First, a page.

Magical Thinking & Elijah

The story of the widow of Zarephath will be read in some congregations this Sunday.  To refresh your memory, it’s from 1 Kings in the Hebrew scriptures. During political turmoil and a severe drought, God sent the prophet Elijah to sojourn with a widow and her young son in the foreign town of Zarephath.  A single man living with a woman not his wife would not only be unthinkable, it could lead to death.  Even worse, living with a foreign woman in a foreign land.  But that’s what he did.  In the story, the widow had no food except for a little oil and some flour.  She intended to make bread for her son and herself, then lie down to die.  Elijah convinced her to make the bread for him instead, promising that the jars of oil and meal would not be used up as long as he stayed with her.  And so it was.
Like several Elijah and Elisha stories, it reads more like a fairy tale than scripture, and it can entice naive believers into magical thinking.  Magical thinking among religious believers is the expectation that the right prayer, said in the right way, with enough faith, will result in the outcome one desires.  Magical thinking is also what many non religious people believe is what religion is all about.  For them, Christianity is simply another backward made up folk religion not much different from that of ancient Greeks or remote Amazonian tribes.  If magical thinking has any reality, maybe the Wiccan have it right.
It may be impossible to know how the Elijah and Elisha stories were meant to be understood when first written.  Within the context we now have they illustrate the in breaking of God’s power, manifested through God’s chosen persons, to demonstrate the foolishness of belief in other deities and their magical rites; as signs of God’s supremacy over the greatest of human authority; and as indicators of God’s presence with and for all persons, even non-believing enemy aliens.  
Elijah and Elisha could not manipulate the world about them according to their own will, but could only serve, as they were called to do, as vehicles through which God’s will was enacted.  It’s the very opposite of magic in which the “witch” entices the gods to do his or her will.  It’s not an easy lesson to learn.  Humans are forever trying to bend the spiritual powers of the universe to their will.  The most common expression  of it is the oft said prayer for an open parking spot to be where we want it to be.  Believer and non believer alike are said to utter it without a second thought.  Golfers and bowlers are enthusiastic practitioners.  It’s a staple on both sides of football stadiums.  I know a couple who effused over their new car.  They’d asked God for one and he delivered when they won it in a raffle.  It was proof to them that their faith was stronger than almost anyone else in church.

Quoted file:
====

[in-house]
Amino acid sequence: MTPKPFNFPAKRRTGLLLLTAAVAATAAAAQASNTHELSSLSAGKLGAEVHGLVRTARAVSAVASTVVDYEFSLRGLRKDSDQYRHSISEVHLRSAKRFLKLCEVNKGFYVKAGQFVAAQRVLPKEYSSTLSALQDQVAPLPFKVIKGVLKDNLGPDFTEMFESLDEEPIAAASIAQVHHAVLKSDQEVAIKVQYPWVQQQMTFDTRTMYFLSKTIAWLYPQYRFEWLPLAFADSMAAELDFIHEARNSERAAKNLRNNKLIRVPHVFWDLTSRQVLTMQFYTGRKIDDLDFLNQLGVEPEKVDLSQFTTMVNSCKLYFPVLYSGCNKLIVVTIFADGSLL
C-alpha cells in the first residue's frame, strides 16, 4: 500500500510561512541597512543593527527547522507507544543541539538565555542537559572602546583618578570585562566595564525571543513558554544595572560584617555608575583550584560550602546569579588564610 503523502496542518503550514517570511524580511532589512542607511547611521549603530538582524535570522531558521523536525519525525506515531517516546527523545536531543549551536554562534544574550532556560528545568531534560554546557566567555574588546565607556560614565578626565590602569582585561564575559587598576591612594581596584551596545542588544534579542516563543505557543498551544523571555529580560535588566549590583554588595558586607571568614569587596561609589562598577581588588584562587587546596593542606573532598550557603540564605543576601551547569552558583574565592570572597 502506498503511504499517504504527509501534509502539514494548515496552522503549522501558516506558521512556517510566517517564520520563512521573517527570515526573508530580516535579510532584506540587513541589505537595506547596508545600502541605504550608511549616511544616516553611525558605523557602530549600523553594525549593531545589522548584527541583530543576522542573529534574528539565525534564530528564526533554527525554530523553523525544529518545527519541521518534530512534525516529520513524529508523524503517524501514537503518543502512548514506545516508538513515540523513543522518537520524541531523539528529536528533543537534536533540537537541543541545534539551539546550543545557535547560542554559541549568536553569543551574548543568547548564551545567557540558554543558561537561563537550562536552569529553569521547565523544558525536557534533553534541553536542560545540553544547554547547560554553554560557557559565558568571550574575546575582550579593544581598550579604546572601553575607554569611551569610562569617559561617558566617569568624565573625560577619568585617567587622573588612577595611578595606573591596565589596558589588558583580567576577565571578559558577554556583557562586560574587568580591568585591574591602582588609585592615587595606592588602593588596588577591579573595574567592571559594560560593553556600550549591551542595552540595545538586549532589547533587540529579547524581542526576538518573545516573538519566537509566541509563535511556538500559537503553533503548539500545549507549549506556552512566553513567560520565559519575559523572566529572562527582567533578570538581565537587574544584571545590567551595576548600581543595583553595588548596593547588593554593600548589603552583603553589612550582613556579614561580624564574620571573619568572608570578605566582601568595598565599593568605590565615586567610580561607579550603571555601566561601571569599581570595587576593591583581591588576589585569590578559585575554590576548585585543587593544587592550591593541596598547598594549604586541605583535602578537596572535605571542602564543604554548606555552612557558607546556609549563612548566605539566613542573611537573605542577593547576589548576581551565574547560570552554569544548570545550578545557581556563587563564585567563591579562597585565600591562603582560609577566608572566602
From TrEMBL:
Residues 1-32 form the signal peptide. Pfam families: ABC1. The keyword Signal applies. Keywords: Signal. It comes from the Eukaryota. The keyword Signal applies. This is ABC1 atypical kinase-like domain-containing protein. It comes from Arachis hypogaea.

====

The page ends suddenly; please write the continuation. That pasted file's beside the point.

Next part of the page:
The lesson Elijah has to teach is just the opposite.  Surrender yourself to God and let the chips fall where they may.  Perhaps God will call you to some amazing feat, perhaps not.  Perhaps you will be chased across the countryside by your enemies.  Perhaps you will live in comfort with your loving family.  In the midst of famine, hungry, near to death, you may be called to do the impossible, or you may die.  It doesn’t matter which.  If you’re going to follow where God is leading, follow and quit trying to lead.  For what it’s worth, there was only one Elijah and one Elisha.  Everyone else was just everyone else, like you and me.  No one else was called by God to do what they did.  They were called by God to be messengers, beacons of God’s presence.  We’re not called to be like Elijah.  We’re called to pay attention to the message and follow on the path the beacon has lighted.

Leave a Reply